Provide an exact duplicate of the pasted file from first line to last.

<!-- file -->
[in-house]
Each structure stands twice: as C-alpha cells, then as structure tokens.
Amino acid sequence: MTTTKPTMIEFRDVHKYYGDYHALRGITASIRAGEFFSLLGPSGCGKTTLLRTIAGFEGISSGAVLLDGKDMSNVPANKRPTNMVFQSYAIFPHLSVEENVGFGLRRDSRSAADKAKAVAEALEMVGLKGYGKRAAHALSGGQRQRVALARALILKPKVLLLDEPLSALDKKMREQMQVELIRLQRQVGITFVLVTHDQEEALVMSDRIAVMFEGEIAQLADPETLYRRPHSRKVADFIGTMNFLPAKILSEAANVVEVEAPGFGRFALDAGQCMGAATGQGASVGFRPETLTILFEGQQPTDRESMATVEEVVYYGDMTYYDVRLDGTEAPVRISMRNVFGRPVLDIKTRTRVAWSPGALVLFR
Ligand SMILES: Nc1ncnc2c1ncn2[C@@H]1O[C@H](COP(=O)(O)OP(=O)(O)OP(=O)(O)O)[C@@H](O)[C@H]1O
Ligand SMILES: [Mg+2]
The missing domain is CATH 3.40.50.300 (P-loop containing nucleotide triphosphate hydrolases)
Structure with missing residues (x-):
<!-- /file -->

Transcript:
[in-house]
Each structure stands twice: as C-alpha cells, then as structure tokens.
Amino acid sequence: MTTTKPTMIEFRDVHKYYGDYHALRGITASIRAGEFFSLLGPSGCGKTTLLRTIAGFEGISSGAVLLDGKDMSNVPANKRPTNMVFQSYAIFPHLSVEENVGFGLRRDSRSAADKAKAVAEALEMVGLKGYGKRAAHALSGGQRQRVALARALILKPKVLLLDEPLSALDKKMREQMQVELIRLQRQVGITFVLVTHDQEEALVMSDRIAVMFEGEIAQLADPETLYRRPHSRKVADFIGTMNFLPAKILSEAANVVEVEAPGFGRFALDAGQCMGAATGQGASVGFRPETLTILFEGQQPTDRESMATVEEVVYYGDMTYYDVRLDGTEAPVRISMRNVFGRPVLDIKTRTRVAWSPGALVLFR
Ligand SMILES: Nc1ncnc2c1ncn2[C@@H]1O[C@H](COP(=O)(O)OP(=O)(O)OP(=O)(O)O)[C@@H](O)[C@H]1O
Ligand SMILES: [Mg+2]
The missing domain is CATH 3.40.50.300 (P-loop containing nucleotide triphosphate hydrolases)
Structure with missing residues (x-):